Friday, May 1, 2009

De mest Uppsaliensk dagen för alla

"The most Uppsala-esque day of all"
JoeSo our MP declared last night, standing on the burial mounds of Gamla Uppsala as the majbrasan burned merrily below. In translation, her next assertion ("I resten av Sverige är det Valborg, men i Uppsala är det sista april") doesn't make much sense, but as we mentioned last year, the day before Förstamaj is a special day in Uppsala, full of traditional celebrations like hat throwing, river rafting, and picnicing—but mostly very, very full of drinking.

While we had a good time at last year's sista april, this year we were determined to do it right. So I got up bright and early Thursday morning, packed up the food I had made for us the night before, and hopped a bus down to the river. At 8:30 I had my pick of nice spots along the grassy west bank of Fyrisån, and so opted for a shady position in the anticipation of a sunny morning; by 9:45 when Jennifer arrived both banks of the river were packed as far as we could see. It worked very well though, as we were able to eat our porridge before the start of forsränningen, and by the time the first float came by we had moved on to the next traditional course: champagne and strawberries.

I won't dwell on the floats too much, not even those that to my foreign sensibilities seemed downright innappropriate; those who are interested should check out the gallery . I will just say that there were at least three Darwin floats, plus an HMS Beagle, and that a group of students near us stood up and sang "Ja Må Han Leva!" to the first of them1. There was also a group of Chinese students who put together a very detailed Chinese dragon. My favorite though: Danskjävlar!

I actually knew a few people who built a raft this year (that's them to the right), and it was nice to have somebody to cheer on. By the time they finally floated by, though, we'd been sitting for a couple of hours, and the shade (at least in combination with the fact that I'd opted to wear shorts instead of jeans) was turning out to be, well, a little over-optimistic. So we bailed on the last 40-odd floats. Staying even that long made us some of the more die-hard observers, though, as most of the university students had already wandered off to their next engagement of the day, a champagne and pickled herring lunch at their nation. For pretty much everyone else, the next step is to find a square meter of unoccupied grass somewhere in town and have a picnic, and that's just what we did. We wound up next to the cathedral, where we ate the salami and brie baguettes we had packed, and rehydrated a bit2, while warming up in the sunlight and watching the charming Swedish families at play. Across the street, yet another sista april tradition was being enacted, as hundreds of students waited in line. But more on that later.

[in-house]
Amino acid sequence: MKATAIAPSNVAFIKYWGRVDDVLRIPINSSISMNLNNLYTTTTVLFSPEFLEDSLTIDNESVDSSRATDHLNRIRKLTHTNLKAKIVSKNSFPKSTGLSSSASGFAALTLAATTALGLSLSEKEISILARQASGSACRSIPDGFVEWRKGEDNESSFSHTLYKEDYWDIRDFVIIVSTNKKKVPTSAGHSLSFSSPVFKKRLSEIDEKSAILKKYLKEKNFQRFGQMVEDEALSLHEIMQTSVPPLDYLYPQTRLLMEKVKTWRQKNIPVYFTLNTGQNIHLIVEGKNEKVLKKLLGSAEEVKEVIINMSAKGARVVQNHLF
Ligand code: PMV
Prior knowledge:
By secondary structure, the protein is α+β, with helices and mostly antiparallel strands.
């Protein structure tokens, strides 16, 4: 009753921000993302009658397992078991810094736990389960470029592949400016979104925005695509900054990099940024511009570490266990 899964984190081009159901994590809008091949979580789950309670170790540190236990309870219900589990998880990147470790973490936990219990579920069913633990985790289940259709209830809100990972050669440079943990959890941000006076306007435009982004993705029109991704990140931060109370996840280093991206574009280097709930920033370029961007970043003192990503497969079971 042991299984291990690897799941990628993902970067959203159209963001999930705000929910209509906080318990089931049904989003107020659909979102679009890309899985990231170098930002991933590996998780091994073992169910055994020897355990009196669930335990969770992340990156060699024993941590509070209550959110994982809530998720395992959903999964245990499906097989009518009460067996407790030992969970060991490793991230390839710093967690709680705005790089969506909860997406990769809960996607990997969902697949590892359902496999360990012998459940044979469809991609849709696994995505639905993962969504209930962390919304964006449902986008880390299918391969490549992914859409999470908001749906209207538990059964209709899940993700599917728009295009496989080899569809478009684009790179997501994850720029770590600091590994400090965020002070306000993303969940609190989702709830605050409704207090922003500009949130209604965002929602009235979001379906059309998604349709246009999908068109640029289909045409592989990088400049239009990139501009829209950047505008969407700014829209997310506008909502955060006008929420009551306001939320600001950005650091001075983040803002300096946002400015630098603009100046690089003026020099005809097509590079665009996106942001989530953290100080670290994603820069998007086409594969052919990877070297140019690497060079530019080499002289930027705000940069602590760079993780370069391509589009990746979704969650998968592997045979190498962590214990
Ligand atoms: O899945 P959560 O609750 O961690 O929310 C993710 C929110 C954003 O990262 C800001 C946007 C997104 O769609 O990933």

View Sista April in a larger map
Shortly after one we headed further up the hill to join K., on of Jennifer's coworkers, who was picnicking with a bunch of her friends at their traditional spot, Engelska Park (right behind the main university library). Here it was a more sedate crowd, mostly families but with a scattering of large student groups. There was even a men's choir performing as we first arrived, although they soon dispersed (choirs gotta picnic, too!). So we spent the next couple of hours hanging out with K. and her SO and their friends.

By four it was time for us to head home, so that we could rest up for the evening. This, too, is nearly traditional: for the students the afternoon is supposed to center around the bubbelgalop, in which they gather at the library at 3 to hear the university rector give a short speech, then throw their student hats in the air and go running back to their respective nations, whereupon they are showered with champagne for the next two hours. That's the theory, anyway. In reality, the champagne part is so popular, and so many guest cards get sold each year, that people have to queue up hours in advance to get in to the nations (hence the line of students, earlier). So the gallop is now more of a meandering, since those people all know they can't possibly get in to their own nations. For us, though, it was just a bus ride back to the apartment, followed by some hard napping.